Hundreds of people gathered in the Danish capital Wednesday to protest a new ban on face veils in public spaces.
Denmark’s parliament passed the law in May, with an effective date of August 1. Now, anyone found publicly wearing a face veil can be fined anywhere from 1,000 Danish krone ($156) to 10,000 krone ($1,565) for repeat offenses.
Activists have expressed concern that the bill stirs up anti-immigrant and anti-Muslim sentiment and infringes on women’s right to dress the way they please.
While the law doesn’t explicitly target Islam, vocal supporters of the bill were clear that they did not believe women should wear the niqab, a face veil that leaves the area around the eyes open, or the burqa, a veil that covers the entire face and allows one to see through a mesh screen.
“The burqua and niqab are the purest form of extremism,” said Martin Henriksen, a Member of Parliament from the Danish People’s party, which introduced the law. “This is a battle against fundamentalism. As a society, we are showing what we are willing to accept.”
Henriksen added that the party hoped to see a full ban on Islamic headscarves in schools in the future.
Sabina, a 21-year-old Danish student who wears the niqab and did not want her last name used for safety reasons, told TIME that she originally began wearing the burqa because she wanted to feel closer to God. “Now it has also become a political choice for me,” said Sabina, who also founded an organization that raises awareness of the Muslim women affected by the ban. “It is also a sign of protest.”
A few iPhone shots from today’s protest against Denmark’s face-covering ban, which will significantly impact women who wear the niqab and burqa in the country. pic.twitter.com/I5z2G6TAXq
— Karis Hustad (@karishustad) August 1, 2018
Hana Ali, another woman who wears the niqab and was at the protest Wednesday, said she will try to live her life as normally as she can after the ban.
“Of course, it is going be difficult, there are places that I cannot go to any more but I’ll just have to make a sacrifice for what I believe is true,” she told The Local. “I will hope that we can change the climate or the narration of what a Muslim woman is and maybe they will change the law or subtract it someday.”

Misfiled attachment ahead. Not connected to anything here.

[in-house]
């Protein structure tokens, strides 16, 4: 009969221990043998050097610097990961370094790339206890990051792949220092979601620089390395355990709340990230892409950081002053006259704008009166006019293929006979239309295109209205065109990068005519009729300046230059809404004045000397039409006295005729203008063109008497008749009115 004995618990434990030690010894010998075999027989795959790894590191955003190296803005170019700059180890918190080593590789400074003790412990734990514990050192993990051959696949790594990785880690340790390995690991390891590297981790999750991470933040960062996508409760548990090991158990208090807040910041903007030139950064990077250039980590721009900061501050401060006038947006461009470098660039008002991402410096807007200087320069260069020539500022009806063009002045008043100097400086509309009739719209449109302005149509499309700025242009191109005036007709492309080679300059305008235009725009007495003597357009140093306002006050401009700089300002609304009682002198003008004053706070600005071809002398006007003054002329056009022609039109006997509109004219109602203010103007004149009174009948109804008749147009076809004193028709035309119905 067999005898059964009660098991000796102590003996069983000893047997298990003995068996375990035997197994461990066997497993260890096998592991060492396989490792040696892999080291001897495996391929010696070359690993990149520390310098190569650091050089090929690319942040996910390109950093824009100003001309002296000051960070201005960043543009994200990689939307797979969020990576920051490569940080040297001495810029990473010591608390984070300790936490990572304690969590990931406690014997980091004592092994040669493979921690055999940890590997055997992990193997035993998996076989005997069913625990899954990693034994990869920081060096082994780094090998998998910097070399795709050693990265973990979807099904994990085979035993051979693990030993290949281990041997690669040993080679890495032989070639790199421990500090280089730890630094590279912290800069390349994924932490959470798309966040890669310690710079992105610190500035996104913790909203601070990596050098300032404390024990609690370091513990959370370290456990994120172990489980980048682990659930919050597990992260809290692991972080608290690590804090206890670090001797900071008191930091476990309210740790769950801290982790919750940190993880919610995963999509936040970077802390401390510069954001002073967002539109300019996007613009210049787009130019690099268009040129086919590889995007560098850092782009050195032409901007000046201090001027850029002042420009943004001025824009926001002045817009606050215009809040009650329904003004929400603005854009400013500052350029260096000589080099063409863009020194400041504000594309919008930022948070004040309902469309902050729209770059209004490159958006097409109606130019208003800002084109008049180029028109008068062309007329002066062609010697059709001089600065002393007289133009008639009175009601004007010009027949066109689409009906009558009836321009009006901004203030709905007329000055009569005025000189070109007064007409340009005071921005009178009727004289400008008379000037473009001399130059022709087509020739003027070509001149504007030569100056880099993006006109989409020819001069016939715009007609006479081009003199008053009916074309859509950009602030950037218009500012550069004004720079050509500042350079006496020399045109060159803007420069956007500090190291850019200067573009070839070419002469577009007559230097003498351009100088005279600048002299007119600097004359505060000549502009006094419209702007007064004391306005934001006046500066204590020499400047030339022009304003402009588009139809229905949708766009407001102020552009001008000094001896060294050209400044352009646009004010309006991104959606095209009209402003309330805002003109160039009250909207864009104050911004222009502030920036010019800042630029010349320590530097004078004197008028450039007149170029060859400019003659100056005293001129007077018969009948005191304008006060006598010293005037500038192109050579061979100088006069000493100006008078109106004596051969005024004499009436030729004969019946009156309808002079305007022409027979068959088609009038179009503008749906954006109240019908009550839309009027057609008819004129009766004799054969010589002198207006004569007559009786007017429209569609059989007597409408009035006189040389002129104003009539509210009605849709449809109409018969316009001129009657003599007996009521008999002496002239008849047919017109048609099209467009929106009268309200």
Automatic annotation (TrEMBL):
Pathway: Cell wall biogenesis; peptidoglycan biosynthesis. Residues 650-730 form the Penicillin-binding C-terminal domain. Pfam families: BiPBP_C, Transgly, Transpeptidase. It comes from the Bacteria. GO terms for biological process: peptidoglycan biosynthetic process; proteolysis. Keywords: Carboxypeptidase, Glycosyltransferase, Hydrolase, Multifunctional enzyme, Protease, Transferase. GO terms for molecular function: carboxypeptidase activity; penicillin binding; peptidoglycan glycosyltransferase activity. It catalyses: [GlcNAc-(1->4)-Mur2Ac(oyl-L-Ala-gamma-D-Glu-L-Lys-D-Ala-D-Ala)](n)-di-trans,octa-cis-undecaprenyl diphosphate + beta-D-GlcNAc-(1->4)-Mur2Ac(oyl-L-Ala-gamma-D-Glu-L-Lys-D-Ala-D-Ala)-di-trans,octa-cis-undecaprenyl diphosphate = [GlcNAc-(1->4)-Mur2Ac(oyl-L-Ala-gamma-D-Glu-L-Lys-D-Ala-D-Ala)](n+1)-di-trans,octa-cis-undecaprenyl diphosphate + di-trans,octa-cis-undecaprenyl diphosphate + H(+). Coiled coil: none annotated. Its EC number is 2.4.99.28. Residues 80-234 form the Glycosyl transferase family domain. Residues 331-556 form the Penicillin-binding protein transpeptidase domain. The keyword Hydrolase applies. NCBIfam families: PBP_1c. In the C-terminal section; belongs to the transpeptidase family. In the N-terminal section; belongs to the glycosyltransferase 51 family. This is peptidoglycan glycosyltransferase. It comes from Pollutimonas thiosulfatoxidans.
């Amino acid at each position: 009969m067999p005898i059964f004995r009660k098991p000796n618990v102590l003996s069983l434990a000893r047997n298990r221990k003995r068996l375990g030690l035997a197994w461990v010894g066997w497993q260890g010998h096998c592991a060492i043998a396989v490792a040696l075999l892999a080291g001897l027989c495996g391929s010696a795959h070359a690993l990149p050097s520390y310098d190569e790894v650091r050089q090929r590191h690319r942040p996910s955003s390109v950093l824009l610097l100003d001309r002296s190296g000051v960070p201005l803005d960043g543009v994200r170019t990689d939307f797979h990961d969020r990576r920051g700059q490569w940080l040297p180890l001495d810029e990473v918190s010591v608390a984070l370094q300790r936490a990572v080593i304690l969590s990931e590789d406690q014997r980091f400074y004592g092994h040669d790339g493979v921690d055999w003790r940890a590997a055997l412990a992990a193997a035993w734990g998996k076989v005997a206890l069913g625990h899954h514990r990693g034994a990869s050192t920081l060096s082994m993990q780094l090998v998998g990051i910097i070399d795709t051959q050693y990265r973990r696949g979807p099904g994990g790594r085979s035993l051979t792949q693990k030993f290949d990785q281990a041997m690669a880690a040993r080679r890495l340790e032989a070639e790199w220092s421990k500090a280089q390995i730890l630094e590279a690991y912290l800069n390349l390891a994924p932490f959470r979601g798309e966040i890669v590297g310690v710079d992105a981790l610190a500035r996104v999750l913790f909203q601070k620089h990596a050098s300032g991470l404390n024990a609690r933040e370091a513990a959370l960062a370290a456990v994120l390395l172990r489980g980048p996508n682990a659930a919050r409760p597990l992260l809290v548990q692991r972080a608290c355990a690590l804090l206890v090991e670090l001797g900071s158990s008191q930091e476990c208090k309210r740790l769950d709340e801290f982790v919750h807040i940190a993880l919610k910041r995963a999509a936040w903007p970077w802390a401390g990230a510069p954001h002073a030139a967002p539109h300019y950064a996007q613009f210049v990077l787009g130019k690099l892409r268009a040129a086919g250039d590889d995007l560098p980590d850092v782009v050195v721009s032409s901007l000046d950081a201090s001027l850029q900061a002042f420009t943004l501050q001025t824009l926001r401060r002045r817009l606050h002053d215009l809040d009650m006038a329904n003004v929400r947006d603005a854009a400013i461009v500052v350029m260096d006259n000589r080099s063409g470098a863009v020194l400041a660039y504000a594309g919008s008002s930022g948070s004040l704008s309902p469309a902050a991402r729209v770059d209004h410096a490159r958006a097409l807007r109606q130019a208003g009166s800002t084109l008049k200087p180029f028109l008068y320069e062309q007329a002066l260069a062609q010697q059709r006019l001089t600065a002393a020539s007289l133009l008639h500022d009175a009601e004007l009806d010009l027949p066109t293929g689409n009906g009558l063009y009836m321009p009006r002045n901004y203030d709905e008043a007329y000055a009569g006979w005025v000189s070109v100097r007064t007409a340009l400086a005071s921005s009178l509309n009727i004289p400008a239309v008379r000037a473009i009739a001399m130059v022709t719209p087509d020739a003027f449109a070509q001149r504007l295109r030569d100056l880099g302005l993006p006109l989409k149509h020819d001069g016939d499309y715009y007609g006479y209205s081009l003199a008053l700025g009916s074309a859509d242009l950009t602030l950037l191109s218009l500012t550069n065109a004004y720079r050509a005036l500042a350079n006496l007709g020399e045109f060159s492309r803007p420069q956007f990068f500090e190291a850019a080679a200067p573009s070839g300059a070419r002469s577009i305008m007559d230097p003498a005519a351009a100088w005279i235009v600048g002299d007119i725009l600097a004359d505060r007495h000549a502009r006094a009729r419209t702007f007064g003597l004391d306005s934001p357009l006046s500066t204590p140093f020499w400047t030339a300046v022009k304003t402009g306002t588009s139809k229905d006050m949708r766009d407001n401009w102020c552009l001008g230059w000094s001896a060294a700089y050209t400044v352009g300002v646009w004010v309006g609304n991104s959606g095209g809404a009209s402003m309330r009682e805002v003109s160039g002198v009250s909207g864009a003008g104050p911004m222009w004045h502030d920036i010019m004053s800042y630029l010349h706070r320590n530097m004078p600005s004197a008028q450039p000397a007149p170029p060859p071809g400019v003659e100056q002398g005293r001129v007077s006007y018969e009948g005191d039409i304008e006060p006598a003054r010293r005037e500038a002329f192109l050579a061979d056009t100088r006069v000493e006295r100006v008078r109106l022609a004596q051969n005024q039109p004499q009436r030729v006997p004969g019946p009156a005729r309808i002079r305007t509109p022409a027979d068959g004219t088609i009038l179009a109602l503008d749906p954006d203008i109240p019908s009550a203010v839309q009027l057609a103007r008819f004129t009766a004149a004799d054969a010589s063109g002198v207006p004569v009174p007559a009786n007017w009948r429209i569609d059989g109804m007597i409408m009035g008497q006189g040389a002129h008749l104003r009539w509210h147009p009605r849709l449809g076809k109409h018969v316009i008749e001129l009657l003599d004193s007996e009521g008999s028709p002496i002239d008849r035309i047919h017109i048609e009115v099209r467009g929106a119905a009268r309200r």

Many of the people protesting were wearing face veils in solidarity. According to CNN, protesters chanted “No racists in our streets” as they marched from Norrebro, a culturally diverse neighborhood, to the Bellahoej police station less than a mile away. There, they linked arms and created a human chain around the station.
Human rights activists have condemned the law for criminalizing women’s dress and targeting Muslims.
“All women should be free to dress as they please and to wear clothing that expresses their identity or beliefs,” said Amnesty International’s Europe director, Gauri van Gulik, after the law was passed in May. “This ban will have a particularly negative impact on Muslim women who choose to wear the niqab or burqa.”
“While some specific restrictions on the wearing of full-face veils for the purposes of public safety may be legitimate, this blanket ban is neither necessary nor proportionate and violates the rights to freedom of expression and religion.”
Very few Muslim women in Denmark actually wear veils fully covering their face. One study by researchers at the University of Copenhagen found that only about 150 Muslim women wear the niqab or burqa daily. About half of that number are Muslim converts.
Several European countries have passed bans on face veils to varying degrees in recent years, including France, Belgium, Bulgaria, Germany, and Austria. The Netherlands and Denmark joined the list earlier this year. Last year, the European Court of Human Rights upheld Begium’s ban, making it unlikely that similar bans in the rest of the European Union will be successfully challenged in court. Also last year, the Canadian province of Quebec banned people wearing face veils from using public services or working for the government. That law is currently suspended due to legal challenges.